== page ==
Friday, March 28, 2008

CAP4K Clears First Hurdle

Gov. Bill Ritter's far-reaching proposal to re-structure the state's public education system won approval from a Senate committee Thursday, clearing its first hurdle on the way to the lawbooks.

SB 212, which incorporates the governor's "Colorado Achievement Plan for Kids (CAP4K)", was approved by the Senate Education Committee on a unanimous, bipartisan vote.

CAP4K, which Ritter introduced at a press conference last month,has four principal elements:

1. The state Board of Education and Colorado Commission on Higher Education would be required to establish definitions of school readiness and college and workforce readiness.
2. The state's Model Content Standards that guide the high school curriculum would be expanded and improved. They would apply to all grades from pre-school to the first year of college (standards currently only exist for grades 3 through 10) and align those standards with the content and skills needed for success after high school.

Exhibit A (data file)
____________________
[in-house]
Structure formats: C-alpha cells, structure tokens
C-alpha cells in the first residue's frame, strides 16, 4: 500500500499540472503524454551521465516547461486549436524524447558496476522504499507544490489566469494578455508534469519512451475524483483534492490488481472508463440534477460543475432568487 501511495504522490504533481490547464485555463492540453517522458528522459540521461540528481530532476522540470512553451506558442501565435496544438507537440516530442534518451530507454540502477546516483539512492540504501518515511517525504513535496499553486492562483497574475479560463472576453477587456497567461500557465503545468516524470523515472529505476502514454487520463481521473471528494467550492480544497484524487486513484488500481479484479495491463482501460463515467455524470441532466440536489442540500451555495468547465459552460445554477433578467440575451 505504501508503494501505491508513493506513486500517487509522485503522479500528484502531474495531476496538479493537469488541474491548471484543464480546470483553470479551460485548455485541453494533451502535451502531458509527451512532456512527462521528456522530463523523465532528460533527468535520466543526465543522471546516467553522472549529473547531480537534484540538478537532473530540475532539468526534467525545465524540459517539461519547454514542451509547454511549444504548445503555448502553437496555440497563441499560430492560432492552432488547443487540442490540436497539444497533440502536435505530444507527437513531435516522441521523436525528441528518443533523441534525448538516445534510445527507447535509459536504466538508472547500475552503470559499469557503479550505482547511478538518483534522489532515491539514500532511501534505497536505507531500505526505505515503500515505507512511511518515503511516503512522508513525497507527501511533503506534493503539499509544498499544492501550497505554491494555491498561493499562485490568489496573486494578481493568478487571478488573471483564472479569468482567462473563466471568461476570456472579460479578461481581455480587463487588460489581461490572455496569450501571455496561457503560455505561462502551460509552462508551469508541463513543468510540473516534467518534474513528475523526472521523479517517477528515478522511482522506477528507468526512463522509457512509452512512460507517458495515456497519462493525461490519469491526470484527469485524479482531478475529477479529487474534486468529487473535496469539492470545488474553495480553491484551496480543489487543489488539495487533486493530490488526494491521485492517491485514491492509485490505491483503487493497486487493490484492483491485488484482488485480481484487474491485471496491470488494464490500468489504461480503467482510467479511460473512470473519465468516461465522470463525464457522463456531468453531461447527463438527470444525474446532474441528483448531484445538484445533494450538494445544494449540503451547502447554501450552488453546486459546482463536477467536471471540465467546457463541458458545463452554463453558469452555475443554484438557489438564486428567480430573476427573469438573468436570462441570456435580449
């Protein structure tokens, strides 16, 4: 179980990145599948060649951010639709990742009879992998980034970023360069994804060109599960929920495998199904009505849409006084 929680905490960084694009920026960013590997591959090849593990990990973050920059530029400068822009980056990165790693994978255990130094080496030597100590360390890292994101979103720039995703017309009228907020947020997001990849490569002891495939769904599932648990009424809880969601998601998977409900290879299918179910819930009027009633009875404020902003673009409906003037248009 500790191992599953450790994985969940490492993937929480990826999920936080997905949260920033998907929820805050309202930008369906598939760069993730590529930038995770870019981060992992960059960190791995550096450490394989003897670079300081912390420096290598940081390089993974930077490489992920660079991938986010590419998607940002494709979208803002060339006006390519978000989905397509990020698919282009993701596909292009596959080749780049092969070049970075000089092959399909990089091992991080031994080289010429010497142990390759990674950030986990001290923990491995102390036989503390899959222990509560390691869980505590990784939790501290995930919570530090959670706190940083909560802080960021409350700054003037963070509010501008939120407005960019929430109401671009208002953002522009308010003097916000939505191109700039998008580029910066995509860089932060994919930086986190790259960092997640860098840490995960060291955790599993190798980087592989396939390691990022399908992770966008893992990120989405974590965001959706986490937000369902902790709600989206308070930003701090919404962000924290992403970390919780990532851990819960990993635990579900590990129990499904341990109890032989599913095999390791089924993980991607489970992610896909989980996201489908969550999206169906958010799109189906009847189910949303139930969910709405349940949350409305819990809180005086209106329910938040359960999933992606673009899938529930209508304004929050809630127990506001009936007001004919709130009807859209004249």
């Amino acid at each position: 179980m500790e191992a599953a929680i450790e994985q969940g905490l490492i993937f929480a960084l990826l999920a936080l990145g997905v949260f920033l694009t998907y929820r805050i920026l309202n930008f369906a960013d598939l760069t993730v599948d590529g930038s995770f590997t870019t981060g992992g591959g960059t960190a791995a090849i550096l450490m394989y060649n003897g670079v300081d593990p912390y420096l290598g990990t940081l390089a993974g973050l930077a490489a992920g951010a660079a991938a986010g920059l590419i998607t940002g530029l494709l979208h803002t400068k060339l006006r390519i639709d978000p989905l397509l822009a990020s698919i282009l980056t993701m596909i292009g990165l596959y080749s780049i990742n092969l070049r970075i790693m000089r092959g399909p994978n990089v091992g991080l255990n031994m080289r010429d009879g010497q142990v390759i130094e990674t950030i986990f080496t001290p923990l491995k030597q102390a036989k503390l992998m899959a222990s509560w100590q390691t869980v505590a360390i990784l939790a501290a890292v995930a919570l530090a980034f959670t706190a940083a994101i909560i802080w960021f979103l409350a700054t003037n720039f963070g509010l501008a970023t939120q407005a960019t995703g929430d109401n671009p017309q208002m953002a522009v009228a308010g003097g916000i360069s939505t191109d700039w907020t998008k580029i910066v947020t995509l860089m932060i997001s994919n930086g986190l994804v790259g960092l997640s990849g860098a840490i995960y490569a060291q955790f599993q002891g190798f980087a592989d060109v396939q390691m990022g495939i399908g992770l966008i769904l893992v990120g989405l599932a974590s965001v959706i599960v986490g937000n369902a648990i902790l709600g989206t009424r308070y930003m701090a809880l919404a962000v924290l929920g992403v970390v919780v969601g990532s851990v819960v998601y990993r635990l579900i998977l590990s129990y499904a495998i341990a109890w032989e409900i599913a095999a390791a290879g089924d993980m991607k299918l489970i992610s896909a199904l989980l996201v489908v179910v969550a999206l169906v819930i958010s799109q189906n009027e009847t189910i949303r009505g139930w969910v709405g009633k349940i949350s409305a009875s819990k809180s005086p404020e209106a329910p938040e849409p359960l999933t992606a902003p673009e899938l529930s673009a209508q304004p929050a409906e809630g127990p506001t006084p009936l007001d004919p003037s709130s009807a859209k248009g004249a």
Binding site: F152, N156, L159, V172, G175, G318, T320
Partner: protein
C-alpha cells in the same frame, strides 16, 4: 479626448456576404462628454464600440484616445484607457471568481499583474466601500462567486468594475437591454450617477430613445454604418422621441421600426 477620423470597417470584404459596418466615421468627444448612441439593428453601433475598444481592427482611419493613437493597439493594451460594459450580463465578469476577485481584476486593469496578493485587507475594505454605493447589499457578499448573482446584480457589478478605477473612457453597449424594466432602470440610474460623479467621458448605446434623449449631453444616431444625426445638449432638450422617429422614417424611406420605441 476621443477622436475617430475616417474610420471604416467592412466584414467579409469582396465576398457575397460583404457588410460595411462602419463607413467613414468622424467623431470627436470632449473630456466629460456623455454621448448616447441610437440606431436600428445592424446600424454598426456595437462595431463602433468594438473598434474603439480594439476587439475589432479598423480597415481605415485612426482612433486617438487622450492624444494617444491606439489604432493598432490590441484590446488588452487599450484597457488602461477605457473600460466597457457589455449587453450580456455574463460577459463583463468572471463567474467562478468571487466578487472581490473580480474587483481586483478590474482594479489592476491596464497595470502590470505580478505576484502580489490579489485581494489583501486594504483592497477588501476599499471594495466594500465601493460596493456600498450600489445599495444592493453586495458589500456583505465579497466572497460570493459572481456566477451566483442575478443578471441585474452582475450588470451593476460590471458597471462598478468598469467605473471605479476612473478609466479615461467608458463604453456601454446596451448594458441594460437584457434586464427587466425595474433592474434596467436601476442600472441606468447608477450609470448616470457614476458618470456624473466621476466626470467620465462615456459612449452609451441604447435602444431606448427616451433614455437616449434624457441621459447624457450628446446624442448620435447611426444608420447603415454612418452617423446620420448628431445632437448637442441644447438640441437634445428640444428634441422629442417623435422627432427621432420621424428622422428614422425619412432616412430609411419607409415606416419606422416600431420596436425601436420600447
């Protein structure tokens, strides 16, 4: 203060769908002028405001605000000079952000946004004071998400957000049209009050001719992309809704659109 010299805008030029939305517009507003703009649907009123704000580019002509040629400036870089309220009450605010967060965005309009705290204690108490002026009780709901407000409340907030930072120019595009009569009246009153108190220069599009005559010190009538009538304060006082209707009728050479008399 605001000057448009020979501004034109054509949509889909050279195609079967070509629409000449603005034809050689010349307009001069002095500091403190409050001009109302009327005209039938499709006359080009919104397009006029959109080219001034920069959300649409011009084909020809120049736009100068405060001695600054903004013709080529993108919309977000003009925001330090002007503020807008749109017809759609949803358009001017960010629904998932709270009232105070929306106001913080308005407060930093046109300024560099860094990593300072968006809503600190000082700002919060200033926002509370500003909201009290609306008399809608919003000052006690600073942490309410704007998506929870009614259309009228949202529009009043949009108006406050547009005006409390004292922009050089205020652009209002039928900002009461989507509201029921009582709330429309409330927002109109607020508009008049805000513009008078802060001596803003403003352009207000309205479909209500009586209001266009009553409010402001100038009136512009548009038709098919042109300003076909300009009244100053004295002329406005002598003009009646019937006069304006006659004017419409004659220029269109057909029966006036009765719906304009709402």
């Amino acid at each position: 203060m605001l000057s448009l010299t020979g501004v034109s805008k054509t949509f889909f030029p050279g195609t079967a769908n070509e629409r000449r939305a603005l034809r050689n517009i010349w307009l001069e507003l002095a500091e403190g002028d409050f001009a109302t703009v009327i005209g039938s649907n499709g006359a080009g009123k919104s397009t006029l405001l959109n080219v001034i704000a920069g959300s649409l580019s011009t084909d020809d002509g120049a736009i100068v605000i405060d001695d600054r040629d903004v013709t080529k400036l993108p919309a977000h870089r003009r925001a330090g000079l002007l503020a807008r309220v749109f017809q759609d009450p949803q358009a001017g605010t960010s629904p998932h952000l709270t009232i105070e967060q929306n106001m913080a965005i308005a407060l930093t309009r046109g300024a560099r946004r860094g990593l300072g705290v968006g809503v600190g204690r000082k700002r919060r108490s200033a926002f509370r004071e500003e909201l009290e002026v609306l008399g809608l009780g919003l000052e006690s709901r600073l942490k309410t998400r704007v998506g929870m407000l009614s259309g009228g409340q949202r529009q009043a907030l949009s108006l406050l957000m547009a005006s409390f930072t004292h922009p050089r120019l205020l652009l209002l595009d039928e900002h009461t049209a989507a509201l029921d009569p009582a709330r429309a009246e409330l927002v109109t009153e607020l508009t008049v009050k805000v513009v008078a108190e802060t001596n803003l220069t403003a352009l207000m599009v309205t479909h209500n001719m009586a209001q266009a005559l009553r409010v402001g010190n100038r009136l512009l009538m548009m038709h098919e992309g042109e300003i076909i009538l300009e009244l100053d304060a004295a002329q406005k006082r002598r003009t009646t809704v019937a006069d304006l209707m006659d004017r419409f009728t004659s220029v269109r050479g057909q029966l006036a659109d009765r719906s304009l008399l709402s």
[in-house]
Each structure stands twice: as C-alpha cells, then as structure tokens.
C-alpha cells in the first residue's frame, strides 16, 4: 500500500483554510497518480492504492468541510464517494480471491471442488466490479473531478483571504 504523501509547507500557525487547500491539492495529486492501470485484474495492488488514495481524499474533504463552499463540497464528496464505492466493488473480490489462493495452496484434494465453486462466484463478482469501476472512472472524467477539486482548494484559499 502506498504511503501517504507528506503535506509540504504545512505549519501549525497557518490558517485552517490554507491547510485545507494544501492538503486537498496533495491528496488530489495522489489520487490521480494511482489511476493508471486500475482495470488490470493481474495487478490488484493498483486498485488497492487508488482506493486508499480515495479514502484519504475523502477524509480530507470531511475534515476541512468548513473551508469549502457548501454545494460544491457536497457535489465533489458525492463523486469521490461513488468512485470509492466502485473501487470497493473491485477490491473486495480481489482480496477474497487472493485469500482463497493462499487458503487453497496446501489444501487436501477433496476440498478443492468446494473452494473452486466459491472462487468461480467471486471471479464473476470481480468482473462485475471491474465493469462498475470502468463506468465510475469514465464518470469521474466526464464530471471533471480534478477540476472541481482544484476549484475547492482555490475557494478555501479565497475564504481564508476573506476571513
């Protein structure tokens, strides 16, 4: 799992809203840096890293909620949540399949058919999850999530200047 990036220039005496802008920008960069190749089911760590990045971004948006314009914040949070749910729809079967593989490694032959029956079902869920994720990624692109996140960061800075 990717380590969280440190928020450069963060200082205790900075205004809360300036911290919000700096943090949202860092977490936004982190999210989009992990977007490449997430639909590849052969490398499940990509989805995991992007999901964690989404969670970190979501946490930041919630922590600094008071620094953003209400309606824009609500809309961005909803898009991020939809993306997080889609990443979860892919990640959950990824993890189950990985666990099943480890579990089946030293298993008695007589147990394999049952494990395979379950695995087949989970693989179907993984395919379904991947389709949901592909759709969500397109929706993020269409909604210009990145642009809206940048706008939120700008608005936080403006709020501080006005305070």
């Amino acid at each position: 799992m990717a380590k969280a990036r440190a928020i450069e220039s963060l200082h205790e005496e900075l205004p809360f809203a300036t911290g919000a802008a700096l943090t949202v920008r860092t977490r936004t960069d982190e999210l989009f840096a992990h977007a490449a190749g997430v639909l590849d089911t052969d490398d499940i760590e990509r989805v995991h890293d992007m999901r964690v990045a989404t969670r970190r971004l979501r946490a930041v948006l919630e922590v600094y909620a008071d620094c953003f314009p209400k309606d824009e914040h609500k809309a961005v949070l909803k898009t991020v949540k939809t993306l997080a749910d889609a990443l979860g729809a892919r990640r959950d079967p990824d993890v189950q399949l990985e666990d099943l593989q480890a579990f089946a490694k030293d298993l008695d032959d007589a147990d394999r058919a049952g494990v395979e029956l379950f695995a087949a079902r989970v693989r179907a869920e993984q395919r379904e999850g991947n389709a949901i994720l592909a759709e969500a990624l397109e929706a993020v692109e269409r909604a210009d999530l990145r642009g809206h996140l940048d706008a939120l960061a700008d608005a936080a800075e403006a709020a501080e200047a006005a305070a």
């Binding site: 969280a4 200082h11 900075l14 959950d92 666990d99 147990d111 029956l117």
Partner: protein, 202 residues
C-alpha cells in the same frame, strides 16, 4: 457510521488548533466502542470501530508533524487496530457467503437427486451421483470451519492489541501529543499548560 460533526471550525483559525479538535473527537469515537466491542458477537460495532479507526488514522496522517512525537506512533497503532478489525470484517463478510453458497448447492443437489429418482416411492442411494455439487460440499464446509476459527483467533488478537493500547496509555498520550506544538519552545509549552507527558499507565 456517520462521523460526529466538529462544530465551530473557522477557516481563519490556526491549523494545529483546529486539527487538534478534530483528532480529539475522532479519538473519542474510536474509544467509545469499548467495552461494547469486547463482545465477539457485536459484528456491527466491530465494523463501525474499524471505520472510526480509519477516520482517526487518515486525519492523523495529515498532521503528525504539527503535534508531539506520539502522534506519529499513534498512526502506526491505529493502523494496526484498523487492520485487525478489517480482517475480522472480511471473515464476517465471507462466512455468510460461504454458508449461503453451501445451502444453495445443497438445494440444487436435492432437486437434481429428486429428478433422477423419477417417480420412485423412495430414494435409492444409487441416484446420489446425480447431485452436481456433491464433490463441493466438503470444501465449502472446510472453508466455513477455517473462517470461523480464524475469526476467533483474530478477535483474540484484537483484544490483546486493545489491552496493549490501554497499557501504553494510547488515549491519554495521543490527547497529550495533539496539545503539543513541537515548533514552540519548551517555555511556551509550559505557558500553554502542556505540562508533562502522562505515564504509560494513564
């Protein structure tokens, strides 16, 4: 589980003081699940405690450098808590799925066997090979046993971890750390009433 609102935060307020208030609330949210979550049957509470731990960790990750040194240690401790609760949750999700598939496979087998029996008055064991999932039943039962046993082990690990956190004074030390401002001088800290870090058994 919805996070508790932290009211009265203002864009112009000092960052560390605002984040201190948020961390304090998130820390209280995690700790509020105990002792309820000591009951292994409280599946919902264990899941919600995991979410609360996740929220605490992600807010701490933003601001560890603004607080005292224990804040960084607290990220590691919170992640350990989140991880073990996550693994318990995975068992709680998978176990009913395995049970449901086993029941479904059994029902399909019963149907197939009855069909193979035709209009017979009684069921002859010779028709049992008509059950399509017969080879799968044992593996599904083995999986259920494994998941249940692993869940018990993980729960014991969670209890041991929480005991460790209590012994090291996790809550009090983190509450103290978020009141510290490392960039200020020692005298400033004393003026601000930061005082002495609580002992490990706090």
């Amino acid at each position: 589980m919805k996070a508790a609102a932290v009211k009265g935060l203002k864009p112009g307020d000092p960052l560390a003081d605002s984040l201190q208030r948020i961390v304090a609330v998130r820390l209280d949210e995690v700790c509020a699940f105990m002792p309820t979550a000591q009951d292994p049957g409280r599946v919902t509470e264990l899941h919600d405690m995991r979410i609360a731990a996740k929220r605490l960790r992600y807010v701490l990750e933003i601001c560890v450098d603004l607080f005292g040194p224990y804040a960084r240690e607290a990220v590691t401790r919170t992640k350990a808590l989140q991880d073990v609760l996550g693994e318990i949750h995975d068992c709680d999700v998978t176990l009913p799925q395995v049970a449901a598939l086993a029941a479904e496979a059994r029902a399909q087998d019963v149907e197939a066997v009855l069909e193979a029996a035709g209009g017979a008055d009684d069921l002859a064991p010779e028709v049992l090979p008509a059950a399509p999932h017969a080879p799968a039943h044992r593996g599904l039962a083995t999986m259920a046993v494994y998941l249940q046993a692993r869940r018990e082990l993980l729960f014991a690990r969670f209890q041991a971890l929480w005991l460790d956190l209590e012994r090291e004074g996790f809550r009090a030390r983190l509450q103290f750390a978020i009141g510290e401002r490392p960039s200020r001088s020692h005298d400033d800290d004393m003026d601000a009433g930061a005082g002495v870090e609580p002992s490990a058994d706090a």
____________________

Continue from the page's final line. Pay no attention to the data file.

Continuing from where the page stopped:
3. The school readiness assessment program would be based on a goal of assuring that all students who graduate from high school are ready for college and/or the workforce.
4. Post-secondary institution admission policies would be modified to allow students to earn credit by proving their proficiency in a particular subject as opposed to limiting the circumstances under which knowledge can be assumed to a student's completion of a course.

Among the means used to assess student proficiency would be a series of subject-based examinations that would replace the CSAP tests.

SB 212 now goes to the Senate Appropriations Committee.

The bill's bipartisan prime sponsors include Reps. Christine Scanlan, D-Dillon, and Rob Witwer, R-Genesee, and Sens. Chris Romer, D-Denver, and Josh Penry, R-Fruita.